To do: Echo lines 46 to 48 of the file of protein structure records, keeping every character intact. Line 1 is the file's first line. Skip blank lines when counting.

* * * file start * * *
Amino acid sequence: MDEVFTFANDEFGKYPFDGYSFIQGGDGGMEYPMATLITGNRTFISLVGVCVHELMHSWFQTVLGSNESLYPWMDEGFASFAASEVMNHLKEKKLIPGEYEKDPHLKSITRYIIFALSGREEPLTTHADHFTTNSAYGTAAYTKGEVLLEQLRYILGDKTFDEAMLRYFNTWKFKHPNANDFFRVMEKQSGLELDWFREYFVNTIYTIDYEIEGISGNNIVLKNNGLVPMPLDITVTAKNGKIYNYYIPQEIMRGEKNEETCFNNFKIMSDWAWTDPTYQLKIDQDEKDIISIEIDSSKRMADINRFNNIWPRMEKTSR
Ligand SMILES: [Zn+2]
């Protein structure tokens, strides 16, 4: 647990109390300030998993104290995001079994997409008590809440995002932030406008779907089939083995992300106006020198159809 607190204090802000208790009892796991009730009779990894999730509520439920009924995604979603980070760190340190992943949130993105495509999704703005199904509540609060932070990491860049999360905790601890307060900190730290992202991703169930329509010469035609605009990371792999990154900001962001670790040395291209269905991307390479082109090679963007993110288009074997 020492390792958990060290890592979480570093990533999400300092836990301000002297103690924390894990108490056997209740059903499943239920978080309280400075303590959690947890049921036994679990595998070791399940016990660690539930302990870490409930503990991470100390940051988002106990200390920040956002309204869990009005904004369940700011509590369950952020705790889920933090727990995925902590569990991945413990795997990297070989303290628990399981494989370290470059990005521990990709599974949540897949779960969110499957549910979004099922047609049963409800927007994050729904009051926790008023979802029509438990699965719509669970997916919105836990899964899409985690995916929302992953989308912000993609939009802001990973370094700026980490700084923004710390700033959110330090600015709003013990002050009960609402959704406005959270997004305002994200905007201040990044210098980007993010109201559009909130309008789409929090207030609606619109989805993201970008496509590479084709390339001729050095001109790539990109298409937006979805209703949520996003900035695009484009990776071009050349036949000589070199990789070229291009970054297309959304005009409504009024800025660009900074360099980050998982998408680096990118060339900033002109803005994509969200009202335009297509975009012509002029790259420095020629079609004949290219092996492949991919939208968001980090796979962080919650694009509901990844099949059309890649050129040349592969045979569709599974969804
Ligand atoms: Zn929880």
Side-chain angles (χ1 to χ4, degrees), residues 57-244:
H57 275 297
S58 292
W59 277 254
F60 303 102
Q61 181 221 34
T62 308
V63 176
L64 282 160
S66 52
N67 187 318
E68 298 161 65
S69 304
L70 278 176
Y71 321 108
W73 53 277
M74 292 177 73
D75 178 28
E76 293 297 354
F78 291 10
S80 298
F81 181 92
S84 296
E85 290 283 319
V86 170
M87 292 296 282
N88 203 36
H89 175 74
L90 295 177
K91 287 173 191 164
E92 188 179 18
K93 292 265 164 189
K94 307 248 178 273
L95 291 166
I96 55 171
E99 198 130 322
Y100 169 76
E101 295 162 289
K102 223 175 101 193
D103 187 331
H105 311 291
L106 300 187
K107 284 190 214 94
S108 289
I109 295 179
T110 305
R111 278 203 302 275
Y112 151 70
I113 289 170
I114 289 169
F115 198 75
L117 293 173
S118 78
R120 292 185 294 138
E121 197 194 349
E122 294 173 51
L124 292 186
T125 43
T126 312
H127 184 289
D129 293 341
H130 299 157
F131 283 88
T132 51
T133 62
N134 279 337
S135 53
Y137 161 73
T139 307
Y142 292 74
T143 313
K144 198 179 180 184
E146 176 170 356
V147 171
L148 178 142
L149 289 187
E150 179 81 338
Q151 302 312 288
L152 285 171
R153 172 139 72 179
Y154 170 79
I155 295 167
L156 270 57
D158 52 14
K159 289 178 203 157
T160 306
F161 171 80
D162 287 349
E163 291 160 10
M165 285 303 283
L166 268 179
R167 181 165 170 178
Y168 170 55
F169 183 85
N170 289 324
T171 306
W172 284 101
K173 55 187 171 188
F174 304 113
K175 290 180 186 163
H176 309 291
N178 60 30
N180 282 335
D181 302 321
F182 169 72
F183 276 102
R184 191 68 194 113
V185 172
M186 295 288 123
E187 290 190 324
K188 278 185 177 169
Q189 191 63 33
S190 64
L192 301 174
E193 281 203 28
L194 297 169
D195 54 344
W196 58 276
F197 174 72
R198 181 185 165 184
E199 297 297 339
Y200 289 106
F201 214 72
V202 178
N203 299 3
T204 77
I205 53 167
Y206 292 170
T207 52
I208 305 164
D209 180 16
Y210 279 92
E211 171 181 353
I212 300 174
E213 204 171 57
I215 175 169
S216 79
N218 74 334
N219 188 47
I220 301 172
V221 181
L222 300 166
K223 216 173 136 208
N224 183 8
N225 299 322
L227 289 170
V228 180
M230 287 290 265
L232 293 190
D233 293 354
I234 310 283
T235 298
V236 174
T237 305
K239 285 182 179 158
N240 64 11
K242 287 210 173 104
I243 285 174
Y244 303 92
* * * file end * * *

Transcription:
L106 300 187
K107 284 190 214 94
S108 289